I pulled this picture off the shelf last month and dusted it off. It is one of my favorites. It was a great trip. This might have been around 1992 or 3, because the little guy was 10 at the time if I'm remembering correctly. My brother Ken, is obviously taking the picture. This picture was taken on a cross-country motorcycle trip and this location is the Badlands of South Dakota.
My dad and I have been doing cross-country trips since I was a kid. I used to be on the back, since I got my Virago here, we started riding together. This was Brad's first big cross-country trip (he didn't seem to like it as much as we -or he- thought he would - he's a homebody and missed mom a lot). Ken had been on short hops with me and dad, but this was his first, big cross-country gig. Moreover, Ken and Lisa had just gotten back from their honeymoon, packed a bag and decided to go with us - spur of the moment like. This is always one of my favorite days as we head west from Michigan - it's the first day we start getting mountains and things are literally up-hill from here. I also love the desert and I have a reverence and a love for the Badlands. I never get bored of visiting them. It is a great moment, and brings back many images, emotions, thoughts, hopes, dreams, desires, etc. But it's just a moment. A singled out piece of life. Here are some more moments that followed.
I lost that same little brother, Brad, to suicide ten short years later, before he was 21. One moment cutting a story short. Many other stories were snipped, knotted, and re-worked. One moment, rippling out into the universe. Even as it vanished, much evidence was left behind. It seems to ripple forever.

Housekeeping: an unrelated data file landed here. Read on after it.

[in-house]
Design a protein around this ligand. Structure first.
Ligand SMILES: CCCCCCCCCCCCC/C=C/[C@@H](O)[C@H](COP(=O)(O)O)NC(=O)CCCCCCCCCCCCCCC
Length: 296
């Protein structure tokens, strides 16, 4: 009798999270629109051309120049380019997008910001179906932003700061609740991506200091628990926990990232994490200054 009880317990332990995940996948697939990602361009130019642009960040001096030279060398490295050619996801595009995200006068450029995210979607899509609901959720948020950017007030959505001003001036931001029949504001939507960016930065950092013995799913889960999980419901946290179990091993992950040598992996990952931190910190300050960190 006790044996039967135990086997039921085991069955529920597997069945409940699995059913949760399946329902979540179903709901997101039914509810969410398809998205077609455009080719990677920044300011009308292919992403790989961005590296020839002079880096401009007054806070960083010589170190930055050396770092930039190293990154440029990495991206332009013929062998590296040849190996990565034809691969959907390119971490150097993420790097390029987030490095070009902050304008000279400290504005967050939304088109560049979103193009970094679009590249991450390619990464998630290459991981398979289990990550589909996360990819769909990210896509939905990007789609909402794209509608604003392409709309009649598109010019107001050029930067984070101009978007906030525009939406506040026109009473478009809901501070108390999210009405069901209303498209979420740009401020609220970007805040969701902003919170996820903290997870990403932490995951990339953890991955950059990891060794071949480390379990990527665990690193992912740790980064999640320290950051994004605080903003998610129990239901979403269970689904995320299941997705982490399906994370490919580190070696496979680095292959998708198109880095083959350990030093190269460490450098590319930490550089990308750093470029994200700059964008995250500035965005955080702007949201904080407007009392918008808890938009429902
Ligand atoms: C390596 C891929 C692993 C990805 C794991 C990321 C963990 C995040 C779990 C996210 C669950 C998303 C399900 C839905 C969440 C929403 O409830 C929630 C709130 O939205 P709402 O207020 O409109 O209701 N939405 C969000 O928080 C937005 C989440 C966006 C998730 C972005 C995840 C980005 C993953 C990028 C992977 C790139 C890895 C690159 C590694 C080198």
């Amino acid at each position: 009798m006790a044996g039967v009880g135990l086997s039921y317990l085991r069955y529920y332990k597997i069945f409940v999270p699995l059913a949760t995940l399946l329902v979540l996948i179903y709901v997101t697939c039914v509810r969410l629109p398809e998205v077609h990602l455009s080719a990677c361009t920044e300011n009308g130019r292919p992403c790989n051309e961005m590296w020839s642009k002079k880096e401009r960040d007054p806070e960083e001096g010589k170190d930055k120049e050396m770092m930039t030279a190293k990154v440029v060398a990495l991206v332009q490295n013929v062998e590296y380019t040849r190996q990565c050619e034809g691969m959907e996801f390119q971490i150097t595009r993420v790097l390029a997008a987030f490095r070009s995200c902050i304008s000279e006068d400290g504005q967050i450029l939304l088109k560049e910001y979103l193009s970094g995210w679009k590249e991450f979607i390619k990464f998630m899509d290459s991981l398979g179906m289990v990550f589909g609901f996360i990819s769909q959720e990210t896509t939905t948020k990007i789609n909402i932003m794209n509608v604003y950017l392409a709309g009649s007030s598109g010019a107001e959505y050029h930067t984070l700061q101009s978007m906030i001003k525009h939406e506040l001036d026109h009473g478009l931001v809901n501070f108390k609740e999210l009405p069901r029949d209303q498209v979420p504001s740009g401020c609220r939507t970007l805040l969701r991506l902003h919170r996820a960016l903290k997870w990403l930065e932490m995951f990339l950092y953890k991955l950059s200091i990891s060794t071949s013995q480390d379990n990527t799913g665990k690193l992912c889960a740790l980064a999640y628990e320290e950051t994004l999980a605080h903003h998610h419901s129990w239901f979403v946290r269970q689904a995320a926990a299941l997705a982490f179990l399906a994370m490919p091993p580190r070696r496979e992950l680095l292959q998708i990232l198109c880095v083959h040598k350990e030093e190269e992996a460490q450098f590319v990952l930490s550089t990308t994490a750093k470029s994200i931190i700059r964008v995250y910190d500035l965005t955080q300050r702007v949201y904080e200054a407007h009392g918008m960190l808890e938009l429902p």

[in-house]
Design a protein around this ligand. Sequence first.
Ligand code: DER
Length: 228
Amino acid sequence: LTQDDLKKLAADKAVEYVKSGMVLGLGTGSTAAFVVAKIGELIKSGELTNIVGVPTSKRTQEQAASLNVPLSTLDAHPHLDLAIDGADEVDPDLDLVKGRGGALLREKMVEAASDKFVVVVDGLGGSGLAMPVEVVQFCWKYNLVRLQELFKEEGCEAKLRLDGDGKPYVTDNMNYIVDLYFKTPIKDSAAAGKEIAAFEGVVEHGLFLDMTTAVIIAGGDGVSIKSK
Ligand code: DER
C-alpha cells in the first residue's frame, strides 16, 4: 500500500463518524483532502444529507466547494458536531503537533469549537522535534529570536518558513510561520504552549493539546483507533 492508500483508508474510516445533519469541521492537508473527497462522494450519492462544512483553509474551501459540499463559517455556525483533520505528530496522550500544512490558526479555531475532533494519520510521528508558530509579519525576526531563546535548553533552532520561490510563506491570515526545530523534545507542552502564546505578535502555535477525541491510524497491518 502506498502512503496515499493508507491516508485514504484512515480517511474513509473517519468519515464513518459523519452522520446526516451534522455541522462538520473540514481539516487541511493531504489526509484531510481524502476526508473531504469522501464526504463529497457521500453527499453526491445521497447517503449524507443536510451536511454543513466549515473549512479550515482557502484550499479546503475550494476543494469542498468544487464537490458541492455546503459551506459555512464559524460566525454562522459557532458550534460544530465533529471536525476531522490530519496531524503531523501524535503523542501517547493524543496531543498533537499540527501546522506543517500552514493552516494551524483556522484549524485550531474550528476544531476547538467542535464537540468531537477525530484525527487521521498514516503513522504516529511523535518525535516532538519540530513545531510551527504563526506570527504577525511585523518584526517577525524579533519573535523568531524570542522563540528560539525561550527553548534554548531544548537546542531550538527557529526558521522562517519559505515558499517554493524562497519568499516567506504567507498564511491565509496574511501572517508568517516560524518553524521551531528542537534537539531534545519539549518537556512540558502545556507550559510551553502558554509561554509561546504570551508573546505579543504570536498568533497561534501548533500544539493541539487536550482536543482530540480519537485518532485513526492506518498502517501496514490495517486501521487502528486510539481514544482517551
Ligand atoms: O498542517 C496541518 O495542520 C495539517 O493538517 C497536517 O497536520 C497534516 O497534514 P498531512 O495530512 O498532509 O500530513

At the other end is my brother, Ken, and sister-in-law, Lisa, giving birth to their fifth child this year. Another moment, giving birth to an eternity.
|Ken, Kurtis, and Lisa|
My dad and I have gone cross-country many times, up, down, back, forth, and all around. Here is a fall moment from a few years ago on one of our fabulous Michigan fall rides. My dad just turned 73 Monday. He is having a harder time getting around now and we may not be able to have many or any more rides together, but I have thousands of minutes and hundreds of captured moments collected of the many rides we've been on together. Motorcycle moments, soccer moments, car moments, mechanical moments, a lifetime in moments.
|Me and my Dad|
This year was my third fall at Wood Badge (my second on staff). Below is a moment created for memory, effect, symbolism, posterity, and continuity. It was captured by one of the participants.
|Camp Teetonkah, the second oldest Boy Scout camp in the United States, |
on a lake, with the trees changing color, in the fall of 2014.
I am an anthropologist by degree and a writer by nature. Basically as writers we have a character which is like a deck of cards, with each card equalling a moment. To have a deck to work with we have to have a character with many moments - good, bad, fun, instructional, etc. And we pull a card when we need it and throw it into the story pile. With multiple characters at the table, our story is an accumulation of those cards being drawn and working together or against each other in response to whatever game we are playing with them at the time. As the story changes, the game may change, but the cards used are the same.
A story is a collection of a few expanded moments. Moments get expanded when characters share old moments in weakness, despair, devotion, or when new moments are created and the course of the game is forever changed. Moments make up a life. When moments are mixed and shared with others, in fun or in sadness, it leads to a well-rounded story with well-rounded, life-like characters. When we have good, complete, decks of character, others can join us in a few (well planned and polished) hands and become part of our stories. All share in a few moments that will have rippling repercussions, for good or bad, throughout their lives and stories.
So, are you just writing words, or are you creating moments to remember? When you create moments, people will want to join in those moments with you and your characters, making you both unforgettable.
Keep it real - make, take, and swap moments. Bonus points if you can boil that "needed" backstory down into something the size of one perfectly photographed moment. Shown for a brief minute, but conveying the unforgettable essence of thousands of words and showing us bright glimpses of eternity.
|Me (Penny) in Chicago Sept 2014|